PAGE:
But it turns out, Jrob's not finished, not by a long shot. I decide to take fights that are a little further out than I have been, giving me more time to train. I also get my own octagon in the gym to workout on and the combination of these two things somehow sends me into a hot streak. I've decided to duck Frank Mir as best I can and concentrate on fighting other strikers as I'm best on my feet.

This sends me into a crazy three-fight series with my main man Cheick Kongo where we split the first two, then I knock him out with a left hook that opens up a nasty cut under his eye.

When the fight is finished, I am finally given the match I've been playing for -- a heavyweight title fight against Brock Lesnar.

And the fight is everything it's billed to be. I rock Lesnar with some early kicks and stagger him with a left hook to the head. But just when I think I have the big man beat, he charges me, picks me up and basically suplexes me to the mat with one of his wrestling holds. He starts punching me while I'm on my back, but I manage to grab his arm and get him in an arm bar. I wrench back, but Lesnar escapes, rolls back on top of me, and destroys my face with a punch that sends my mouthpiece (and some of my blood) flying on the mat. Lesnar retains the belt.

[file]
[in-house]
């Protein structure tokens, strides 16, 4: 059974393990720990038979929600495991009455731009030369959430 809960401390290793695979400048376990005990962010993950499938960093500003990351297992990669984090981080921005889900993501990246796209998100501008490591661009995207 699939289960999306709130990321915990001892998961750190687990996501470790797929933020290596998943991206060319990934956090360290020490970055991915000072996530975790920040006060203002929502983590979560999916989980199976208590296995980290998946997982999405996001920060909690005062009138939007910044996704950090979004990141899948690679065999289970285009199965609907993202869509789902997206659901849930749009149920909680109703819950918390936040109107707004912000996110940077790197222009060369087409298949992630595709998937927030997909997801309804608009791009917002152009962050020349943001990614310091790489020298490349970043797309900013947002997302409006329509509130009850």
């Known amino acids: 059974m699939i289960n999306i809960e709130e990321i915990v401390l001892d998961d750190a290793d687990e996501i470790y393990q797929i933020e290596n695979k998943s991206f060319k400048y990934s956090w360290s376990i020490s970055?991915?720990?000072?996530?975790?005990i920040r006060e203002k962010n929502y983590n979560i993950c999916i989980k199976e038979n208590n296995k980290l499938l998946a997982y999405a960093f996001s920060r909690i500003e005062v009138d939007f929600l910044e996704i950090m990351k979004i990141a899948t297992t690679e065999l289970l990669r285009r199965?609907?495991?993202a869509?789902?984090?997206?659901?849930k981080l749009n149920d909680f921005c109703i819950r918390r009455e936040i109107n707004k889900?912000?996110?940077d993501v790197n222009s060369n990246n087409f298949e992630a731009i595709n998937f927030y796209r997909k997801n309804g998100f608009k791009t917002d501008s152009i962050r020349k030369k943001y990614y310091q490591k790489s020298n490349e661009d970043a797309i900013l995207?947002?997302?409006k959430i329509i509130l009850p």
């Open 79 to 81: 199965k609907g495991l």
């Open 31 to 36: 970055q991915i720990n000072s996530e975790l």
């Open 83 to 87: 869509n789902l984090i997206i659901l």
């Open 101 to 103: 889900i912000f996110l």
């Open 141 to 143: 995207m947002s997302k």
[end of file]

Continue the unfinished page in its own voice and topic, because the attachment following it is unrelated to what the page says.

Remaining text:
After the fight, I get an e-mail from Dana White telling me that after so many wars in the octagon, the athletic commission will not clear me to fight anymore after my contract expires.

I only have a few fights left in me, and after I get a couple of more wins against Kongo, I get a rematch against Lesnar for my final fight.

Twelve weeks to train and I'm at the top of my game. Too bad the top of my game is not even in Lesnar's league.

Once again, I get off to a fast start, but Lesnar throws me down to the mat and mauls me until the ref puts a stop to my bloody misery.

After the fight is over, Joe Rogan steps into the ring and thanks me for everything I've done for the sport as a way of ending my career. Pretty cool touch.

I created Jrob big and strong, too bad he has a chin like Mr. Glass. I retire with a record of 24-12.

But like they say, one career ends and another begins as I'm right back to the drawing board creating a new, more menacing me in the game.

If I can learn from my mistakes, that UFC championship will be mine.

Until then, I'll continue to pound the buttons (and virtual opponent's faces) in what's proving to be one of the more fun fighting games I've played.